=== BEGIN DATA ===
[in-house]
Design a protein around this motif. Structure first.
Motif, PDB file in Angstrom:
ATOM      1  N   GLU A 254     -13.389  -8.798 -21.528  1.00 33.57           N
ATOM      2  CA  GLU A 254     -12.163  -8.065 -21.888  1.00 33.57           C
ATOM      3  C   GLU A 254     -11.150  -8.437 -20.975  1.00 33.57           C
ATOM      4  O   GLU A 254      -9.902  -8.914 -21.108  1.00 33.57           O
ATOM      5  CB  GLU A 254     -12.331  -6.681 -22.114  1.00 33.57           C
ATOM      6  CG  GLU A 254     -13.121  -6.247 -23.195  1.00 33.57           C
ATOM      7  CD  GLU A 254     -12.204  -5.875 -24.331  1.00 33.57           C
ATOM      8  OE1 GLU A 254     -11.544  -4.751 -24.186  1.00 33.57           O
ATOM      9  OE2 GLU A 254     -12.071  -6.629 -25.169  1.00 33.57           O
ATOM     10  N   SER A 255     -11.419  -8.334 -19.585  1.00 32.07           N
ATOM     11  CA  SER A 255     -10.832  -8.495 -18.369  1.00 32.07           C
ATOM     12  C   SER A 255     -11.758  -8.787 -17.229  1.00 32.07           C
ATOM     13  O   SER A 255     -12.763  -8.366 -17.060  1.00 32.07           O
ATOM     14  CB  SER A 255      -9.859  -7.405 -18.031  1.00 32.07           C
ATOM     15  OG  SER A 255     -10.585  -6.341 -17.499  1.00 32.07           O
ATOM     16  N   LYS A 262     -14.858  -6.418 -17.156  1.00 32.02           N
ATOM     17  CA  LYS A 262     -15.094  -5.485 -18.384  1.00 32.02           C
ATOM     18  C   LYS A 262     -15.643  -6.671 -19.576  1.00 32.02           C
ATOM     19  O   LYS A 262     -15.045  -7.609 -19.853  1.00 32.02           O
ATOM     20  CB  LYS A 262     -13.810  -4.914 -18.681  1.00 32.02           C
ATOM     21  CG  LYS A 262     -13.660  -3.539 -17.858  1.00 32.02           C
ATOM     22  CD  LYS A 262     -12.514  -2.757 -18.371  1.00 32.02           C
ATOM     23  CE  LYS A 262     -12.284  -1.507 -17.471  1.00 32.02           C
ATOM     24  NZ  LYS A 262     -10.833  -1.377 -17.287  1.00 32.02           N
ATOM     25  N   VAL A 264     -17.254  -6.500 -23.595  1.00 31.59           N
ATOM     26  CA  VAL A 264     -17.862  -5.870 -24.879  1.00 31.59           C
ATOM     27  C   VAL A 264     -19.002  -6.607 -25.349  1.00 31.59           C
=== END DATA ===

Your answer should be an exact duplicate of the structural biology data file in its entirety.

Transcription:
[in-house]
Design a protein around this motif. Structure first.
Motif, PDB file in Angstrom:
ATOM      1  N   GLU A 254     -13.389  -8.798 -21.528  1.00 33.57           N
ATOM      2  CA  GLU A 254     -12.163  -8.065 -21.888  1.00 33.57           C
ATOM      3  C   GLU A 254     -11.150  -8.437 -20.975  1.00 33.57           C
ATOM      4  O   GLU A 254      -9.902  -8.914 -21.108  1.00 33.57           O
ATOM      5  CB  GLU A 254     -12.331  -6.681 -22.114  1.00 33.57           C
ATOM      6  CG  GLU A 254     -13.121  -6.247 -23.195  1.00 33.57           C
ATOM      7  CD  GLU A 254     -12.204  -5.875 -24.331  1.00 33.57           C
ATOM      8  OE1 GLU A 254     -11.544  -4.751 -24.186  1.00 33.57           O
ATOM      9  OE2 GLU A 254     -12.071  -6.629 -25.169  1.00 33.57           O
ATOM     10  N   SER A 255     -11.419  -8.334 -19.585  1.00 32.07           N
ATOM     11  CA  SER A 255     -10.832  -8.495 -18.369  1.00 32.07           C
ATOM     12  C   SER A 255     -11.758  -8.787 -17.229  1.00 32.07           C
ATOM     13  O   SER A 255     -12.763  -8.366 -17.060  1.00 32.07           O
ATOM     14  CB  SER A 255      -9.859  -7.405 -18.031  1.00 32.07           C
ATOM     15  OG  SER A 255     -10.585  -6.341 -17.499  1.00 32.07           O
ATOM     16  N   LYS A 262     -14.858  -6.418 -17.156  1.00 32.02           N
ATOM     17  CA  LYS A 262     -15.094  -5.485 -18.384  1.00 32.02           C
ATOM     18  C   LYS A 262     -15.643  -6.671 -19.576  1.00 32.02           C
ATOM     19  O   LYS A 262     -15.045  -7.609 -19.853  1.00 32.02           O
ATOM     20  CB  LYS A 262     -13.810  -4.914 -18.681  1.00 32.02           C
ATOM     21  CG  LYS A 262     -13.660  -3.539 -17.858  1.00 32.02           C
ATOM     22  CD  LYS A 262     -12.514  -2.757 -18.371  1.00 32.02           C
ATOM     23  CE  LYS A 262     -12.284  -1.507 -17.471  1.00 32.02           C
ATOM     24  NZ  LYS A 262     -10.833  -1.377 -17.287  1.00 32.02           N
ATOM     25  N   VAL A 264     -17.254  -6.500 -23.595  1.00 31.59           N
ATOM     26  CA  VAL A 264     -17.862  -5.870 -24.879  1.00 31.59           C
ATOM     27  C   VAL A 264     -19.002  -6.607 -25.349  1.00 31.59           C